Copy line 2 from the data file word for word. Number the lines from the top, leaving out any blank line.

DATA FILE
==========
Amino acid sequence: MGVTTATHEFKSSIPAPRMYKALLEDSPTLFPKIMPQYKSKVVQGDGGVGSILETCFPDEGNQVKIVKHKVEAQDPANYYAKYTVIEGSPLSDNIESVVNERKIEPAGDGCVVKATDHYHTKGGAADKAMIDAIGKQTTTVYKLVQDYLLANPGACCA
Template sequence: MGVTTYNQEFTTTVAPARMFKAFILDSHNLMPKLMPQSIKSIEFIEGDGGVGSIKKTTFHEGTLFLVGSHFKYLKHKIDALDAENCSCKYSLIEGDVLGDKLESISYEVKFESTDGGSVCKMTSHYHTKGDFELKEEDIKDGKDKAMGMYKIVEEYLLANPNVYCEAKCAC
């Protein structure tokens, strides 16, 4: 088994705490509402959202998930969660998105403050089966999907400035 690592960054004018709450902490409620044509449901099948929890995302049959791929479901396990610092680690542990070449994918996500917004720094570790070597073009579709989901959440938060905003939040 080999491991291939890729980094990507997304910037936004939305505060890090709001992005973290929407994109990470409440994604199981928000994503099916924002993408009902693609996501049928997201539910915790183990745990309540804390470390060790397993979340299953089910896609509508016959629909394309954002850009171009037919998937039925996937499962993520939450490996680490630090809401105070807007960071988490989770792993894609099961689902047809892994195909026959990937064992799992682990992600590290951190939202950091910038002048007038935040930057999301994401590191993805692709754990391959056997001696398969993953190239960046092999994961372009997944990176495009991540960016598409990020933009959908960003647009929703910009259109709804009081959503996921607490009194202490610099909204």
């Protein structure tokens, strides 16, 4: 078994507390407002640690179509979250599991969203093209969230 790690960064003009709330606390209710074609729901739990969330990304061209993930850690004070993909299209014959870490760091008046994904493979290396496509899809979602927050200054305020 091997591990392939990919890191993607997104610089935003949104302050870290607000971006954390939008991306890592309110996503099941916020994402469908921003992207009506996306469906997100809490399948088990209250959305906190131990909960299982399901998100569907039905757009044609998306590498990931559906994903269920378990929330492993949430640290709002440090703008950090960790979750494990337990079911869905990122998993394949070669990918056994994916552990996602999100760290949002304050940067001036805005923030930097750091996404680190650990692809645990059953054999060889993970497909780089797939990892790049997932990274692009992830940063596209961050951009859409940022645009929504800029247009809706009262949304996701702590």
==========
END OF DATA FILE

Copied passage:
Template sequence: MGVTTYNQEFTTTVAPARMFKAFILDSHNLMPKLMPQSIKSIEFIEGDGGVGSIKKTTFHEGTLFLVGSHFKYLKHKIDALDAENCSCKYSLIEGDVLGDKLESISYEVKFESTDGGSVCKMTSHYHTKGDFELKEEDIKDGKDKAMGMYKIVEEYLLANPNVYCEAKCAC